Cotton in West Africa
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Cotton in West Africa

The Economic and Social Stakes

In West Africa, approximately 16 million people depend directly or indirectly on cotton cultivation. But subsidies in the developed world have suppressed cotton prices and have made it difficult for West African producers to compete.  Compounding the problem, WTO negotiations on the problem have been suspended.  This publication contends that the dialogue between developed and developing countries on this topic must continue. It sets out the regional stakes linked to the economic and social importance of cotton in West Africa. It retraces the consultation process on the West African cotton crisis with the aim of finding a negotiated solution acceptable to all parties. Also discussed are the challenges and the measures that need to be taken over the medium and long term in order to prevent this sub-sector’s sudden collapse.
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Publication Date :
04 Dec 2006
DOI :
10.1787/9789264025066-en
 
Chapter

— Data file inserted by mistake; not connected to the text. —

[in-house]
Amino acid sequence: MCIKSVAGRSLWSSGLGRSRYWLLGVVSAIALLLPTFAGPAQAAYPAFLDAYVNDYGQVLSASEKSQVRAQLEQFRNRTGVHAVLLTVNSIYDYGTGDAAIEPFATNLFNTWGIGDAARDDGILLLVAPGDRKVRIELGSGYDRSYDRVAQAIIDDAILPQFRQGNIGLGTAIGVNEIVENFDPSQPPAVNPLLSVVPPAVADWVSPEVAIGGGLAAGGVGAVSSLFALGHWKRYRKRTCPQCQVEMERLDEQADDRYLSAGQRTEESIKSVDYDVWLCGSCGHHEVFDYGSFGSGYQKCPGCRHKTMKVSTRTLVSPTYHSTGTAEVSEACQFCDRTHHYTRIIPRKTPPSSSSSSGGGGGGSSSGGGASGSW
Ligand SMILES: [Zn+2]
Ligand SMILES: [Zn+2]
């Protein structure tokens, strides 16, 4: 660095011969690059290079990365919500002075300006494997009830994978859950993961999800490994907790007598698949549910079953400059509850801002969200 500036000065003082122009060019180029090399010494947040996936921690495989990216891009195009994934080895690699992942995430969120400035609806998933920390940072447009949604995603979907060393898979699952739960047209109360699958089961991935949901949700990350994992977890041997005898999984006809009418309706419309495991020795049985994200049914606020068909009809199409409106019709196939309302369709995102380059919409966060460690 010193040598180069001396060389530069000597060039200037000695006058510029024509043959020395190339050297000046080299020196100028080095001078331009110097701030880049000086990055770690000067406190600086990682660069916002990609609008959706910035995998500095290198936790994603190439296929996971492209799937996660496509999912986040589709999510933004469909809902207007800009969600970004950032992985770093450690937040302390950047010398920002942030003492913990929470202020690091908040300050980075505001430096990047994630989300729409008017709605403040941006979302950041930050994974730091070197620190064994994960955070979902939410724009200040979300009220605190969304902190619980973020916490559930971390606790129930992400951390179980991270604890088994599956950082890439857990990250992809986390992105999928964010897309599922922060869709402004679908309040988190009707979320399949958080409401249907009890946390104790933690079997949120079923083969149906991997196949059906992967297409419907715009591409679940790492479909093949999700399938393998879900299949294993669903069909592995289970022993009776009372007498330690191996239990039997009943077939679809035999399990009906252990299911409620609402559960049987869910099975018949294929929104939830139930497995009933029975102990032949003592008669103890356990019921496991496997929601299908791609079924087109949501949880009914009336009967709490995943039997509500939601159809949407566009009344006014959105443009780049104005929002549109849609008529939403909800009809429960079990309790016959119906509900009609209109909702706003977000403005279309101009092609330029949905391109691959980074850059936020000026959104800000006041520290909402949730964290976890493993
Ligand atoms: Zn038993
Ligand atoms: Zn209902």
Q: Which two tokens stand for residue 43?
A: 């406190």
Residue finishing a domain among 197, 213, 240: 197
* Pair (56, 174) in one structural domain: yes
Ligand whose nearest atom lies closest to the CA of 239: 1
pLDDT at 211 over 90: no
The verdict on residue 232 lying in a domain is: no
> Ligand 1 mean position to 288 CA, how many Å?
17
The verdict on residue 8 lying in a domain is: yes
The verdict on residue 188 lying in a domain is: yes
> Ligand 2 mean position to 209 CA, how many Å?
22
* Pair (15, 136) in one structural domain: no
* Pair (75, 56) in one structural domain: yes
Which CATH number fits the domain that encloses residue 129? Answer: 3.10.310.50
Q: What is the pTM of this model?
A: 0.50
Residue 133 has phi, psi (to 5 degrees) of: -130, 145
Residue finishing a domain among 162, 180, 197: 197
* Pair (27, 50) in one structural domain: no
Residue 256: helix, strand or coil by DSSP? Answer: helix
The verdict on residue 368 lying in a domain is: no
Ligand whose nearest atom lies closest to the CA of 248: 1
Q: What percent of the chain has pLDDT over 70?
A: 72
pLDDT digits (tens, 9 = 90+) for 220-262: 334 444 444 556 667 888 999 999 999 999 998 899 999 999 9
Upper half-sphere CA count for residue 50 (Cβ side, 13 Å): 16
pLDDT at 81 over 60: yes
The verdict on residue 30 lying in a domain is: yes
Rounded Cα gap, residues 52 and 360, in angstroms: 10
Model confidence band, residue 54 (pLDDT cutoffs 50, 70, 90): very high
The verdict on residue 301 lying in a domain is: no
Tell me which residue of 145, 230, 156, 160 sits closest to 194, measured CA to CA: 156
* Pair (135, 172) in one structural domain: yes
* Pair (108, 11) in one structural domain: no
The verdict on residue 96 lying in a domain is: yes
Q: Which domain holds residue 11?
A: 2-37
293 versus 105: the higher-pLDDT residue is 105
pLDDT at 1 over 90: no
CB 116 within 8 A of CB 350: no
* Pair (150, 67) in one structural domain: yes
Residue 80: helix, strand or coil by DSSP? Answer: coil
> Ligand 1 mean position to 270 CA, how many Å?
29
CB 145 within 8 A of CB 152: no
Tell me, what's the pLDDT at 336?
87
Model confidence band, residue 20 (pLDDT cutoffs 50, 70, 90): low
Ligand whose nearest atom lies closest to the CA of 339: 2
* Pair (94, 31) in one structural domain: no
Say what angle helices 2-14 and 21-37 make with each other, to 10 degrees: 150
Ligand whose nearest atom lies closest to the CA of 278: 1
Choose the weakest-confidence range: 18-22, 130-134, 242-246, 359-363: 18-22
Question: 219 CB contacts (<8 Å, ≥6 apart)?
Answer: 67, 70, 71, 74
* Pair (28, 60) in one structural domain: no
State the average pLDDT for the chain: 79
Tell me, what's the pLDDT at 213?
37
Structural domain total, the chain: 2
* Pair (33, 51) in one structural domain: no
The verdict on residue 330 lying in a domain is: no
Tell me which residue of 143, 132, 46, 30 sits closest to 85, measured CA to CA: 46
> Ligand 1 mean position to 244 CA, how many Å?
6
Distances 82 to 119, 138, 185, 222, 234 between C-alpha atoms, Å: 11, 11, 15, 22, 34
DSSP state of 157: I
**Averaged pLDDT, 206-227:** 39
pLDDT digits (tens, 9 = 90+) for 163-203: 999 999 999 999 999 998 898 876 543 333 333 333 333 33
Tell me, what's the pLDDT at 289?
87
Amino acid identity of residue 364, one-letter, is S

Role of Cotton in Livelihoods and Access to Services You do not have access to this content

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Author(s):
OECD, SWAC
Pages :
65–92
DOI :
10.1787/9789264025066-5-en

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The role of the cotton support system in agricultural innovation processes is illustrated by the cases of Mali and Ghana. In Mali, access to agricultural innovation generally appears to be better in cotton production zones, due to the cotton production support system introduced initially by the colonial administration: providing consistent access to fertiliser, pesticides, extension advice, credits, technology and inputs in a number of countries. 
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